A stolen check scheme in Chicago, called “check washing,” exploded during the pandemic and has grown worse in the last year, reports David Struett for the Chicago Sun-Times. Thieves steal checks from mailboxes, erase the ink using household chemicals, then rewrite the check to a different person and cash it at an ATM or currency exchange. Criminals also typically rob letter carriers for their master keys, which can open mailboxes on the street and in building lobbies within an entire ZIP code.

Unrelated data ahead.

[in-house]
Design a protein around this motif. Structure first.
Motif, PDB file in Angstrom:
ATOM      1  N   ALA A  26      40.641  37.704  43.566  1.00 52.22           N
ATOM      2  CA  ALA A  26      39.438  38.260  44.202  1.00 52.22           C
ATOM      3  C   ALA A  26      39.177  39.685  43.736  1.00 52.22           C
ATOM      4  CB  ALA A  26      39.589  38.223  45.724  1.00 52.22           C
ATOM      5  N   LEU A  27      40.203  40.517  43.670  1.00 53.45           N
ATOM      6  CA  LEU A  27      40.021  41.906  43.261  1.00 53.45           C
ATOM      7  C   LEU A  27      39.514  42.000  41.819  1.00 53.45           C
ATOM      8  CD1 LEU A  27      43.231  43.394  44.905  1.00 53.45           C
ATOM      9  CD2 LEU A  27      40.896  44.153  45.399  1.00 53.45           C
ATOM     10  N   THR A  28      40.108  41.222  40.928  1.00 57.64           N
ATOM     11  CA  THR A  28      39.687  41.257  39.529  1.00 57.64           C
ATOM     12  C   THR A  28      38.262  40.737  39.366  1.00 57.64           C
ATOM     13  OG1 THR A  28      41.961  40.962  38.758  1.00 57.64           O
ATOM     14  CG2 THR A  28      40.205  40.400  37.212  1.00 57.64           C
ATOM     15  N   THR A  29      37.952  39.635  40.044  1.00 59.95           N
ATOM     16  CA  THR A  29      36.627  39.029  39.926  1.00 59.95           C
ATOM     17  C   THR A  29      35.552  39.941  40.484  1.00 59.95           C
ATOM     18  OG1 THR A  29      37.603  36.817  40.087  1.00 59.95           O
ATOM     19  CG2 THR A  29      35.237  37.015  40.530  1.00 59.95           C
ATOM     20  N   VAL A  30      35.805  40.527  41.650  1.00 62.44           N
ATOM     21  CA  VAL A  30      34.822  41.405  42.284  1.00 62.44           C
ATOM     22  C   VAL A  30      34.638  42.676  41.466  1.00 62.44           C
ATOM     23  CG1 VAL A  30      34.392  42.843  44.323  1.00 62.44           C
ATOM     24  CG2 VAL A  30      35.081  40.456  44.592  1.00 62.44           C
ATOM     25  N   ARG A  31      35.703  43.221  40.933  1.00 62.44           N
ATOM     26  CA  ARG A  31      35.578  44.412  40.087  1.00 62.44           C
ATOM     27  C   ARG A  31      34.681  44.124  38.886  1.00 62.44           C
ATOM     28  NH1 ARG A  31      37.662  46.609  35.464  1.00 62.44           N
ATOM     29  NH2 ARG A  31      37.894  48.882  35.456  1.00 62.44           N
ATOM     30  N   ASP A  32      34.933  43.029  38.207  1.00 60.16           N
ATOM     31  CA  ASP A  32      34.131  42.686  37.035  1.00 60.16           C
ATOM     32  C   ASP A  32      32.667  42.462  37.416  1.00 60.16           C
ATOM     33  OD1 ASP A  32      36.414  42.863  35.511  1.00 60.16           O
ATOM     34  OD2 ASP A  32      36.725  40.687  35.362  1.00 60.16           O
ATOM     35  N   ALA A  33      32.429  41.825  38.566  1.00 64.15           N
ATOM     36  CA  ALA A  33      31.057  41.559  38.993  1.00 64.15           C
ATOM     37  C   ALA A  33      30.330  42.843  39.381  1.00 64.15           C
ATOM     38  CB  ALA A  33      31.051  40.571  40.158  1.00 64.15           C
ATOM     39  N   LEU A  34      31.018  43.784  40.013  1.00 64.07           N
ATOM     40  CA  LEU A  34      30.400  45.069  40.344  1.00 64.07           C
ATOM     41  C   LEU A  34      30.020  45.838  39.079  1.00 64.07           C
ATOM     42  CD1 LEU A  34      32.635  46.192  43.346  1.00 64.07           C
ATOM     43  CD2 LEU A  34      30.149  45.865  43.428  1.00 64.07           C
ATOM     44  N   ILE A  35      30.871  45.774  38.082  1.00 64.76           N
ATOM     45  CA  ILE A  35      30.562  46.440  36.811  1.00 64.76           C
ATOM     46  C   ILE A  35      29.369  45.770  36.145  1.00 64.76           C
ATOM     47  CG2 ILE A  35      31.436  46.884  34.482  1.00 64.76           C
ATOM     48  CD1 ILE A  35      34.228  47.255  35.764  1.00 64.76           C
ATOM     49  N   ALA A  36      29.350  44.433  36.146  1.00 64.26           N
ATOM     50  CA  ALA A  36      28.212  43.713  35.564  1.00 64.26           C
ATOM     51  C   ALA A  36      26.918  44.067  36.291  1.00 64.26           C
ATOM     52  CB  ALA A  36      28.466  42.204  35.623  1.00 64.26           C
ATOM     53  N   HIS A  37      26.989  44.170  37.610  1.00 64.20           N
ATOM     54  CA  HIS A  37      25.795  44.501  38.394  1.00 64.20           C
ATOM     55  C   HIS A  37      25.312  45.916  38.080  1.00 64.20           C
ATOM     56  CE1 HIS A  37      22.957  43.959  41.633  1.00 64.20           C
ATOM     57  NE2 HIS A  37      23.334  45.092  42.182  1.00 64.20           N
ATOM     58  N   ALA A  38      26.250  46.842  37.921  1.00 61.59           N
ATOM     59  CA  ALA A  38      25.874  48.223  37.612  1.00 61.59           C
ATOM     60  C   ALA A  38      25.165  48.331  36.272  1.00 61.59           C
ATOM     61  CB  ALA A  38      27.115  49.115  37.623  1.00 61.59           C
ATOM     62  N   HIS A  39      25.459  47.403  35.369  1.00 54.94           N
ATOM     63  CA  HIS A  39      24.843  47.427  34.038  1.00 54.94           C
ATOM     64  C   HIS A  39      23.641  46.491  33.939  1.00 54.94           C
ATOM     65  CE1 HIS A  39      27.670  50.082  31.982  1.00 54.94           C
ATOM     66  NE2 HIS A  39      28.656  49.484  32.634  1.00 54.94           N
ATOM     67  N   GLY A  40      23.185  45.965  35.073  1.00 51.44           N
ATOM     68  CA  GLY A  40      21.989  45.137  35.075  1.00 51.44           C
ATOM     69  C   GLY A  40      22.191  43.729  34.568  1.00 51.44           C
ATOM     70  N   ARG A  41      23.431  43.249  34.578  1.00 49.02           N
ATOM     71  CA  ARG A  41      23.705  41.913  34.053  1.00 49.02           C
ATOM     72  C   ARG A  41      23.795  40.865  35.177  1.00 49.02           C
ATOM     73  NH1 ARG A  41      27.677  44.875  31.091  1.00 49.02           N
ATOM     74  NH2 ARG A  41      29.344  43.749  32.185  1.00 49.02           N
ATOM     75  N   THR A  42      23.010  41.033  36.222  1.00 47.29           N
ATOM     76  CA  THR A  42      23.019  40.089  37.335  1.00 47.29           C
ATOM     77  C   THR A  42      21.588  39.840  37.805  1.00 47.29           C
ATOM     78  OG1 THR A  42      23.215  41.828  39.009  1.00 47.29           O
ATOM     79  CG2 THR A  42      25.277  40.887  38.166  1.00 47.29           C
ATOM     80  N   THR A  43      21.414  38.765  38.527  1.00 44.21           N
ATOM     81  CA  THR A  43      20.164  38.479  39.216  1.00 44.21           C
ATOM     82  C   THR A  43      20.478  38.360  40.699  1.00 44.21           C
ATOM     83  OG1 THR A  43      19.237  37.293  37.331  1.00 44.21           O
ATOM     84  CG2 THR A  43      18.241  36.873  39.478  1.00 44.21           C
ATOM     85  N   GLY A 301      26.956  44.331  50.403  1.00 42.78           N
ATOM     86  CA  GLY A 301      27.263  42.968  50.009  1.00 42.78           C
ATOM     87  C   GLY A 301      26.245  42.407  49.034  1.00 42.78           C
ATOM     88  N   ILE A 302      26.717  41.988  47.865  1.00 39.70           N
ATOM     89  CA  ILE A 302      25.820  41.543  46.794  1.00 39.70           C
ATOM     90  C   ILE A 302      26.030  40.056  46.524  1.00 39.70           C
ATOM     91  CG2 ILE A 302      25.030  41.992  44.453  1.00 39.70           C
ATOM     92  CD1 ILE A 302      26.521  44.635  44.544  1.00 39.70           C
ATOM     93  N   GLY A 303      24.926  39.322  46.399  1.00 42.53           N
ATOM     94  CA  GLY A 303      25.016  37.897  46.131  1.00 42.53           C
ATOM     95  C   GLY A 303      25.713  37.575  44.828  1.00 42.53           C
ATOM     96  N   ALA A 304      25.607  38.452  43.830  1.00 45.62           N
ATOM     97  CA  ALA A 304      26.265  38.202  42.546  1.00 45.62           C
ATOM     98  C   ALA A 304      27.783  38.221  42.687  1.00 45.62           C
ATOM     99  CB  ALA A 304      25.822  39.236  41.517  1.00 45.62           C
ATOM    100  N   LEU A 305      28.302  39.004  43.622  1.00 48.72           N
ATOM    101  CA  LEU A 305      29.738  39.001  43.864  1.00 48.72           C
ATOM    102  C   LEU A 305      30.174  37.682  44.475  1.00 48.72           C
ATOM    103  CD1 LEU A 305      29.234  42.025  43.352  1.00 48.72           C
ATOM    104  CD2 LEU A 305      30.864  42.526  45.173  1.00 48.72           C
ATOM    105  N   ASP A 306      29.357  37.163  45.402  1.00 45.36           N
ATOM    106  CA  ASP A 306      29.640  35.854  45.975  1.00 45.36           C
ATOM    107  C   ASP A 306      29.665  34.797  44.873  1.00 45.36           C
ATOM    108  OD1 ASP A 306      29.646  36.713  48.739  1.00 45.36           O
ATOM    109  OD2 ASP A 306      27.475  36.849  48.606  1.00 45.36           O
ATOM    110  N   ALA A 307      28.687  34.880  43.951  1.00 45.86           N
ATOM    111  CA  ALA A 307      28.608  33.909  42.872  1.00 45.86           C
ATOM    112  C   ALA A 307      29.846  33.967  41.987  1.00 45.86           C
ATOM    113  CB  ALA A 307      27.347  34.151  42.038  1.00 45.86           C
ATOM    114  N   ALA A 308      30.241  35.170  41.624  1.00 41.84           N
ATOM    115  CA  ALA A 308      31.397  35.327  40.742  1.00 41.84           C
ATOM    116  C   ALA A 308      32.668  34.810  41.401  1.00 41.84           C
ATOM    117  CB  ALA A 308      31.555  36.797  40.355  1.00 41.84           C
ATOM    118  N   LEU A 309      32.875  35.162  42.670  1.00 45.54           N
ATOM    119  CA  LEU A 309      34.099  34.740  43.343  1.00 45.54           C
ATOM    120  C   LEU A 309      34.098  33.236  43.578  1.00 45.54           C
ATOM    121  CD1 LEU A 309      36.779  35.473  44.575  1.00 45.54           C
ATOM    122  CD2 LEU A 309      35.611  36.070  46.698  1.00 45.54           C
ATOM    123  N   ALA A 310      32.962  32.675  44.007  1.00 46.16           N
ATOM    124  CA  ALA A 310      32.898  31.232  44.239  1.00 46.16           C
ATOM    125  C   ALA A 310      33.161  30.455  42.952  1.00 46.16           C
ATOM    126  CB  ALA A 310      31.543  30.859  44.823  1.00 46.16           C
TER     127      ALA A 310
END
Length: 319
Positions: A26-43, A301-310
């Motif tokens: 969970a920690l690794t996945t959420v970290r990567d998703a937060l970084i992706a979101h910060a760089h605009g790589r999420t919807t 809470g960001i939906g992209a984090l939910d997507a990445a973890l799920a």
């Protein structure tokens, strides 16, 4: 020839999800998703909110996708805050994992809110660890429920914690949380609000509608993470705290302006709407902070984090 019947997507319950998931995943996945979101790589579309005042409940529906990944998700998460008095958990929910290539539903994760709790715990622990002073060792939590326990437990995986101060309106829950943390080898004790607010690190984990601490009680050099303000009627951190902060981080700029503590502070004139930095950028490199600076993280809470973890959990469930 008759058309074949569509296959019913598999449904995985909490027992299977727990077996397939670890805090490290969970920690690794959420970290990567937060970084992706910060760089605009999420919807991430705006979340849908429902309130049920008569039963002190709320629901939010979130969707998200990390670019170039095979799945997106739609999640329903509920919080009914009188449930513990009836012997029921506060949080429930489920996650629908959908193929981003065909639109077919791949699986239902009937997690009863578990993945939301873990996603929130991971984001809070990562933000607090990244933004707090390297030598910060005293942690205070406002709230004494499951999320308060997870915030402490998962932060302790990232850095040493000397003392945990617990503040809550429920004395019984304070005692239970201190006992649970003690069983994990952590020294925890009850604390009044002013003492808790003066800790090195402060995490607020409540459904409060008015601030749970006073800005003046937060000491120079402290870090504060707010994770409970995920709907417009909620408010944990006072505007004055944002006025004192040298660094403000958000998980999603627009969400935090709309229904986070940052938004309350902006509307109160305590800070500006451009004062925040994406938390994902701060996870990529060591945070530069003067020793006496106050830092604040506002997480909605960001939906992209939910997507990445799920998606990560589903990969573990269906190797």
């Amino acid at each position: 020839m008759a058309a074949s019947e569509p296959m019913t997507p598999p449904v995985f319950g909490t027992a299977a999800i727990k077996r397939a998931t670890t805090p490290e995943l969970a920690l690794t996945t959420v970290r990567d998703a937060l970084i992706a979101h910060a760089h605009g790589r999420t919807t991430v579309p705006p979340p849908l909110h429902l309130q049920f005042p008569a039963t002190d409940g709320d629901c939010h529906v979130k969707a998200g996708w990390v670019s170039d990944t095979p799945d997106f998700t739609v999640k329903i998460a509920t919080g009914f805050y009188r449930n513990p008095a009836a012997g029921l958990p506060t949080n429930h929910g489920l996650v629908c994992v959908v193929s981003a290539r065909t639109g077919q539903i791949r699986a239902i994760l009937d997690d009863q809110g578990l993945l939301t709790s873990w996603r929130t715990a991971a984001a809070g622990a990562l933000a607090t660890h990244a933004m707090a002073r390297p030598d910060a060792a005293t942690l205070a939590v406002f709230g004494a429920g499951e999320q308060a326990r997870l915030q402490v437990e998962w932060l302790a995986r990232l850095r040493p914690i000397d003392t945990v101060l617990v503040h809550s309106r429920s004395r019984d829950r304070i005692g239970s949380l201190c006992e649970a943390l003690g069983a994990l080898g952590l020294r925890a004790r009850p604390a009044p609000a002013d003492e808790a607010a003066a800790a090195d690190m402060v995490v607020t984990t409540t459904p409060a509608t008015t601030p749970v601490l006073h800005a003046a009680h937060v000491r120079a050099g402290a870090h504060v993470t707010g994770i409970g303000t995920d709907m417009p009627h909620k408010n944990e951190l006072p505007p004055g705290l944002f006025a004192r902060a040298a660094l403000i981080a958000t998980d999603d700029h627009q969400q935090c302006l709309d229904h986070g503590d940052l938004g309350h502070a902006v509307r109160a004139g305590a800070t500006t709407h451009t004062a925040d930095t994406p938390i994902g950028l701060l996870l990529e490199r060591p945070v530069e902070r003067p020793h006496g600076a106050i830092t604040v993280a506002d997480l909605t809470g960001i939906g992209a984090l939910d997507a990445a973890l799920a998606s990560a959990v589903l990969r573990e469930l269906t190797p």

Keys are sold online for $800 to $2,500, depending on how lucrative a ZIP code is. The Evidence-Based Cybersecurity Research Group at Georgia State University, which monitors more than 60 underground websites to track stolen checks for sale, found more than 1,000 checks from victims in Illinois for sale on the dark web from December through May. So far this year, more than 17,000 cases of check fraud have been reported in Illinois — compared to 13,000 cases in all of 2021, and 5,360 cases in 2014.